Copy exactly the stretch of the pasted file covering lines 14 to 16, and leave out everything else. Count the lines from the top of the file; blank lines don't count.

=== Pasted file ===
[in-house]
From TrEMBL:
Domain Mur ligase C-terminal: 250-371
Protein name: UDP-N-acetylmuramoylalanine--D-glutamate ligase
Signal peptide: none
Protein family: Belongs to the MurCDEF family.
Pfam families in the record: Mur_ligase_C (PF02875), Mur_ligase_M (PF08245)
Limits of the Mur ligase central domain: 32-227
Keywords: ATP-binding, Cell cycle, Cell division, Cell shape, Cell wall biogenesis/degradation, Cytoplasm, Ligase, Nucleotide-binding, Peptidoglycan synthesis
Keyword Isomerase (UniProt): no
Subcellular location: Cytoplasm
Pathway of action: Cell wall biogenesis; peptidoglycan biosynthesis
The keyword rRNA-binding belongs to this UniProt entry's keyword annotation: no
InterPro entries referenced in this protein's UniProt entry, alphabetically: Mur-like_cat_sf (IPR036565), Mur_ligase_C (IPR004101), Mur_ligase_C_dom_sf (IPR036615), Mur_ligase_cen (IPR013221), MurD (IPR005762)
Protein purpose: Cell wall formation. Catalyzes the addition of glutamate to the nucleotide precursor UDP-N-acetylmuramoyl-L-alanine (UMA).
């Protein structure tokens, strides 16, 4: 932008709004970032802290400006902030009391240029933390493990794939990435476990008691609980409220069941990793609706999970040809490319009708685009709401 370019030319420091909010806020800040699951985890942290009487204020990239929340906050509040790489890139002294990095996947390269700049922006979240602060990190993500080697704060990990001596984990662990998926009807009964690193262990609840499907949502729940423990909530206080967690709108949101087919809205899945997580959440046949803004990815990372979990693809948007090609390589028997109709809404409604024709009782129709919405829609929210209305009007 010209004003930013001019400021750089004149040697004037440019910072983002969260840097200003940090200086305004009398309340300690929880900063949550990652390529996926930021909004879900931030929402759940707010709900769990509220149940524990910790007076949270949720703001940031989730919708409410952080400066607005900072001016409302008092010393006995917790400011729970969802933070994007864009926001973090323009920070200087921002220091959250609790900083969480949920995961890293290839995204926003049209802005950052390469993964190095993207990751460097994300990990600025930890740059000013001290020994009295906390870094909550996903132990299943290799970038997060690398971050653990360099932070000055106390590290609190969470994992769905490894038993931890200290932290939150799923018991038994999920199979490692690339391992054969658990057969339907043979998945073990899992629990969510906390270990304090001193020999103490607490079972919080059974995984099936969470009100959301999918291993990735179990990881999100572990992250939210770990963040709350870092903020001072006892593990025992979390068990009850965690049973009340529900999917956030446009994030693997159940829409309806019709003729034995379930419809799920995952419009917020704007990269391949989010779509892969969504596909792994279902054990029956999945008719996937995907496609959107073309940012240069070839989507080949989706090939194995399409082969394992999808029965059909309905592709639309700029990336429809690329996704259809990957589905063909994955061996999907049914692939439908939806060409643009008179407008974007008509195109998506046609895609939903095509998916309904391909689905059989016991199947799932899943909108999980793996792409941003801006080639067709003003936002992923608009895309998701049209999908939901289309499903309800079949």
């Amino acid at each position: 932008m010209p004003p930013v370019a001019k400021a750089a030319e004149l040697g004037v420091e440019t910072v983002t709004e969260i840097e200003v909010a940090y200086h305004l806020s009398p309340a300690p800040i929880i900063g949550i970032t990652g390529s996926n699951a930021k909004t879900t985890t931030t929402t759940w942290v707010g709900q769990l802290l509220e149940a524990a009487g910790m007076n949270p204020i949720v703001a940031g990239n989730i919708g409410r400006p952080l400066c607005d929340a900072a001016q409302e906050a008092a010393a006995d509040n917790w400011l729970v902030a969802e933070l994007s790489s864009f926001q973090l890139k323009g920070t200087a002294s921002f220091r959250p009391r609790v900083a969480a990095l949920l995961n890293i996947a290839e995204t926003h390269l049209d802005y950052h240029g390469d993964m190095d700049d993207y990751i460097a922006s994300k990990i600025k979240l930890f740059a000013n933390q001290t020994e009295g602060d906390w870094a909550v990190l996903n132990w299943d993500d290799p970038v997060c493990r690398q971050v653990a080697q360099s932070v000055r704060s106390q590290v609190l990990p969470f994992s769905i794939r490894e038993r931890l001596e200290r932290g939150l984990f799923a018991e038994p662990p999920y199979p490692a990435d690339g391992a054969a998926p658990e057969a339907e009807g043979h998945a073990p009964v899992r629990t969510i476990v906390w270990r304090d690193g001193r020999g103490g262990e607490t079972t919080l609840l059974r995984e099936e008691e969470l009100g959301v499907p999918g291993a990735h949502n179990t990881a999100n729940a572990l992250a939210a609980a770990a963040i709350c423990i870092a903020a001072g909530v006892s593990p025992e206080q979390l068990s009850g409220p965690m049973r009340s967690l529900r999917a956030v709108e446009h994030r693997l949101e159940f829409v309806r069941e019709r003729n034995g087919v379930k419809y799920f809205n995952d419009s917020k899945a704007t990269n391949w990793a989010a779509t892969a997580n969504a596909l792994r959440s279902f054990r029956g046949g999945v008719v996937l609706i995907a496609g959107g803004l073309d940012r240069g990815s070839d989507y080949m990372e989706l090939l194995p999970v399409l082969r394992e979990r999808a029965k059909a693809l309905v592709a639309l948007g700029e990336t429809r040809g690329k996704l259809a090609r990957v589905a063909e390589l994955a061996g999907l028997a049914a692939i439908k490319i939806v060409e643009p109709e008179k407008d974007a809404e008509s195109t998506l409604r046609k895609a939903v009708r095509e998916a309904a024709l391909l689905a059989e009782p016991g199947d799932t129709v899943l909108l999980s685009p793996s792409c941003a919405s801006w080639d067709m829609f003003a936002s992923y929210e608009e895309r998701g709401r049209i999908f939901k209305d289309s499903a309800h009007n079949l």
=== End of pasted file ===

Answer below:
InterPro entries referenced in this protein's UniProt entry, alphabetically: Mur-like_cat_sf (IPR036565), Mur_ligase_C (IPR004101), Mur_ligase_C_dom_sf (IPR036615), Mur_ligase_cen (IPR013221), MurD (IPR005762)
Protein purpose: Cell wall formation. Catalyzes the addition of glutamate to the nucleotide precursor UDP-N-acetylmuramoyl-L-alanine (UMA).
């Protein structure tokens, strides 16, 4: 932008709004970032802290400006902030009391240029933390493990794939990435476990008691609980409220069941990793609706999970040809490319009708685009709401 370019030319420091909010806020800040699951985890942290009487204020990239929340906050509040790489890139002294990095996947390269700049922006979240602060990190993500080697704060990990001596984990662990998926009807009964690193262990609840499907949502729940423990909530206080967690709108949101087919809205899945997580959440046949803004990815990372979990693809948007090609390589028997109709809404409604024709009782129709919405829609929210209305009007 010209004003930013001019400021750089004149040697004037440019910072983002969260840097200003940090200086305004009398309340300690929880900063949550990652390529996926930021909004879900931030929402759940707010709900769990509220149940524990910790007076949270949720703001940031989730919708409410952080400066607005900072001016409302008092010393006995917790400011729970969802933070994007864009926001973090323009920070200087921002220091959250609790900083969480949920995961890293290839995204926003049209802005950052390469993964190095993207990751460097994300990990600025930890740059000013001290020994009295906390870094909550996903132990299943290799970038997060690398971050653990360099932070000055106390590290609190969470994992769905490894038993931890200290932290939150799923018991038994999920199979490692690339391992054969658990057969339907043979998945073990899992629990969510906390270990304090001193020999103490607490079972919080059974995984099936969470009100959301999918291993990735179990990881999100572990992250939210770990963040709350870092903020001072006892593990025992979390068990009850965690049973009340529900999917956030446009994030693997159940829409309806019709003729034995379930419809799920995952419009917020704007990269391949989010779509892969969504596909792994279902054990029956999945008719996937995907496609959107073309940012240069070839989507080949989706090939194995399409082969394992999808029965059909309905592709639309700029990336429809690329996704259809990957589905063909994955061996999907049914692939439908939806060409643009008179407008974007008509195109998506046609895609939903095509998916309904391909689905059989016991199947799932899943909108999980793996792409941003801006080639067709003003936002992923608009895309998701049209999908939901289309499903309800079949």